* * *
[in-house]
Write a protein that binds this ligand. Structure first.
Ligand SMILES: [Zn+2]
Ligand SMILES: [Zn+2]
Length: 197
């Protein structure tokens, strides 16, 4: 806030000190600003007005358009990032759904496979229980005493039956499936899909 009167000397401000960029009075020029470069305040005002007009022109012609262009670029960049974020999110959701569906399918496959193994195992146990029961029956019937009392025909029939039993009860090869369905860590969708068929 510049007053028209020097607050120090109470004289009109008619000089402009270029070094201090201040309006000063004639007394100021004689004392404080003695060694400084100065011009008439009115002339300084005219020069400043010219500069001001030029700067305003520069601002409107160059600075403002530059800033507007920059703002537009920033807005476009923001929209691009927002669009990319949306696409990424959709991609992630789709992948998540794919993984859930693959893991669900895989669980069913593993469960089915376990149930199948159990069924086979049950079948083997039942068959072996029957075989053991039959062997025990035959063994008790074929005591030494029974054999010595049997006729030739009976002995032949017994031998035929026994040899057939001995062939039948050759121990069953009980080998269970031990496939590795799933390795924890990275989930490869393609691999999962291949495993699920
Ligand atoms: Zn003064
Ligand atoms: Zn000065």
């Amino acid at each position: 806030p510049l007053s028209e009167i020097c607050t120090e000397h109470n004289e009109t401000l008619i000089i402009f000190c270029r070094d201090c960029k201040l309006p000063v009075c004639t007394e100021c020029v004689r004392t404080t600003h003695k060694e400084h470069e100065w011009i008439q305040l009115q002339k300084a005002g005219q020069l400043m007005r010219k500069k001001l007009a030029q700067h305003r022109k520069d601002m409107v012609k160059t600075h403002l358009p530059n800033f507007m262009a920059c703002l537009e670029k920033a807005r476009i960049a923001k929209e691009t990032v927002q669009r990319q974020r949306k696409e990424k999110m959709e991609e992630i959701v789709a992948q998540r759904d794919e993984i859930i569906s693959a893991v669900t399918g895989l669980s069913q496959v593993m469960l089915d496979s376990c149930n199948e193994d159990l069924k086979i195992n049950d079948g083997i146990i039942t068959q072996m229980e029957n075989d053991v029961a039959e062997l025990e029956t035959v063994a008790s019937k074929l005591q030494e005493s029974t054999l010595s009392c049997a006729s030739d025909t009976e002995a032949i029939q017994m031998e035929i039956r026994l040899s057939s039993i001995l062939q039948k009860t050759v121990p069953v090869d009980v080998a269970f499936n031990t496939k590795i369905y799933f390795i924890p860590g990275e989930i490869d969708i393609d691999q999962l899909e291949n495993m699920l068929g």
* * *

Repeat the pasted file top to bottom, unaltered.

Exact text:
[in-house]
Write a protein that binds this ligand. Structure first.
Ligand SMILES: [Zn+2]
Ligand SMILES: [Zn+2]
Length: 197
């Protein structure tokens, strides 16, 4: 806030000190600003007005358009990032759904496979229980005493039956499936899909 009167000397401000960029009075020029470069305040005002007009022109012609262009670029960049974020999110959701569906399918496959193994195992146990029961029956019937009392025909029939039993009860090869369905860590969708068929 510049007053028209020097607050120090109470004289009109008619000089402009270029070094201090201040309006000063004639007394100021004689004392404080003695060694400084100065011009008439009115002339300084005219020069400043010219500069001001030029700067305003520069601002409107160059600075403002530059800033507007920059703002537009920033807005476009923001929209691009927002669009990319949306696409990424959709991609992630789709992948998540794919993984859930693959893991669900895989669980069913593993469960089915376990149930199948159990069924086979049950079948083997039942068959072996029957075989053991039959062997025990035959063994008790074929005591030494029974054999010595049997006729030739009976002995032949017994031998035929026994040899057939001995062939039948050759121990069953009980080998269970031990496939590795799933390795924890990275989930490869393609691999999962291949495993699920
Ligand atoms: Zn003064
Ligand atoms: Zn000065």
């Amino acid at each position: 806030p510049l007053s028209e009167i020097c607050t120090e000397h109470n004289e009109t401000l008619i000089i402009f000190c270029r070094d201090c960029k201040l309006p000063v009075c004639t007394e100021c020029v004689r004392t404080t600003h003695k060694e400084h470069e100065w011009i008439q305040l009115q002339k300084a005002g005219q020069l400043m007005r010219k500069k001001l007009a030029q700067h305003r022109k520069d601002m409107v012609k160059t600075h403002l358009p530059n800033f507007m262009a920059c703002l537009e670029k920033a807005r476009i960049a923001k929209e691009t990032v927002q669009r990319q974020r949306k696409e990424k999110m959709e991609e992630i959701v789709a992948q998540r759904d794919e993984i859930i569906s693959a893991v669900t399918g895989l669980s069913q496959v593993m469960l089915d496979s376990c149930n199948e193994d159990l069924k086979i195992n049950d079948g083997i146990i039942t068959q072996m229980e029957n075989d053991v029961a039959e062997l025990e029956t035959v063994a008790s019937k074929l005591q030494e005493s029974t054999l010595s009392c049997a006729s030739d025909t009976e002995a032949i029939q017994m031998e035929i039956r026994l040899s057939s039993i001995l062939q039948k009860t050759v121990p069953v090869d009980v080998a269970f499936n031990t496939k590795i369905y799933f390795i924890p860590g990275e989930i490869d969708i393609d691999q999962l899909e291949n495993m699920l068929g």